By Michael Hill
Federal ballots from U.S. citizens and military members overseas, stacking up at the Essex County Board of Elections.
The clerk of the board says the ballots are still coming in by email and their volume is evidence outreach has been very successful this year.
Clerk of the Essex County Board of Elections Linda Von Nessi says, “I think it’s a beautiful thing when Americans who live in other countries take such pride in our process to have their voices counted.”
“What we’re seeing now and hearing anecdotally is that this is through the roof. All of them are projecting that this will be finally the election we’ve been waiting for. The election where the highest amount of registered voters will turn out,” said Kamanzi Kalisa, director of the Council of State Governments Overseas Voting Initiative.
Service members and others apply for ballots online and states must mail them starting 45 days from the election. States then accept emailed ballots. But, military ballots go by regular mail with the help of the military’s version of the postal service. So what a challenge it is to facilitate voting for service members on submarines at sea or troops in combat.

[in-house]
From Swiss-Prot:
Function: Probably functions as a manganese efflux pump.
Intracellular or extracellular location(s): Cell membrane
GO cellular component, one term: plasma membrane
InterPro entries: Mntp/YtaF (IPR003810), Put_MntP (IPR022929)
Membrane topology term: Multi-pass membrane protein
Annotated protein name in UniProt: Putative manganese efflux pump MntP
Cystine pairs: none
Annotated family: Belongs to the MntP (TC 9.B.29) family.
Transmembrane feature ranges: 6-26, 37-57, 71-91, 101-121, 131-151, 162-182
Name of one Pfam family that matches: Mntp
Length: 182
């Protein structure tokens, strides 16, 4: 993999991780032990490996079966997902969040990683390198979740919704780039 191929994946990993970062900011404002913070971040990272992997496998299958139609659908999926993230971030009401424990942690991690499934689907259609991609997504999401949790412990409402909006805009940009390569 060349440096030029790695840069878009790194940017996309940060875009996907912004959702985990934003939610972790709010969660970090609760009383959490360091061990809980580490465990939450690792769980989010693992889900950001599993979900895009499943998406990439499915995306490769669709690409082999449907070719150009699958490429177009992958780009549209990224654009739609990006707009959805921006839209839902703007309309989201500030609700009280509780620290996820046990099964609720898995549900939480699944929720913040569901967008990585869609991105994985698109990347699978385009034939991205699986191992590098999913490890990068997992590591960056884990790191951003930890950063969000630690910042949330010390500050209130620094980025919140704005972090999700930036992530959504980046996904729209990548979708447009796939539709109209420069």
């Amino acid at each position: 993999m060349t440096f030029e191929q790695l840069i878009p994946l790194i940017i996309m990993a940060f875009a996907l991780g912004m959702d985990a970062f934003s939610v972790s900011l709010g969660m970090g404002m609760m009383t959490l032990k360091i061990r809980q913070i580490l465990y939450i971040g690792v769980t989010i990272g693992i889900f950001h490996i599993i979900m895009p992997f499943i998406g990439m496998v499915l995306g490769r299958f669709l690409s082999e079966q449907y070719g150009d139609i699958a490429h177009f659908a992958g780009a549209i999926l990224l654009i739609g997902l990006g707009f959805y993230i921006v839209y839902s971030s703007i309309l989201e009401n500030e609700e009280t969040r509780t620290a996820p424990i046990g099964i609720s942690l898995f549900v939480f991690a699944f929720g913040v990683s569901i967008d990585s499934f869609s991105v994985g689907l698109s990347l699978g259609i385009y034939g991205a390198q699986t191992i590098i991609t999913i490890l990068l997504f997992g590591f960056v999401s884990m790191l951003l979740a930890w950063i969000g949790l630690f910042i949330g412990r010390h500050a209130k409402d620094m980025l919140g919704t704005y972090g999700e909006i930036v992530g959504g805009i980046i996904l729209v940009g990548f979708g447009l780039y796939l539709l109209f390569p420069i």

“You just hit upon a couple of the hardest nuts to crack, if you will. That local commander must decide whether that truck or helicopter is going to go up that road on that particular day given local intelligence,” said Federal Voting Assistance Program Communications Director Scott Wiedmann.
Ballots received and sent from thousands of miles overseas. But right here at home, 22-year-old Cristina Rodriguez of Perth Amboy — eager to vote for the first time — says she applied for a voter ballot by mail a month ago and never got it or an explanation from the Middlesex County Clerk’s Office.
“I called and it took a while for me to speak to someone. It was just a robot — I guess it’s what it’s called. Once I did get to someone they were kind of dodgy they didn’t know how to answer my questions really,” she said.
She became so concerned that she wasn’t going to be able to participate in this election, Rodriguez came here to the Middlesex County Clerk’s Office to get a ballot, vote and mail it.
What did she think of having to do it?
“It went against the whole reason I applied for vote by mail. It took up my time, I had to miss time from work and go over there and it was my first time going to New Brunswick. I didn’t need to do that,” she said.
One local campaign here says 200-plus voters have had issues getting ballots by mail. Middlesex County Clerk Elaine Flynn tells NJTV News, “If you provide us with the names and contact information for anyone who did not receive their mail-in ballot, we will address it directly with the individuals, as we have been doing when they call my office.”
Citing state law, the clerk turned down a request to extend deadlines to accept mail-in ballots as critics fear the issue could violate the voting rights of some and influence the outcome of a local election.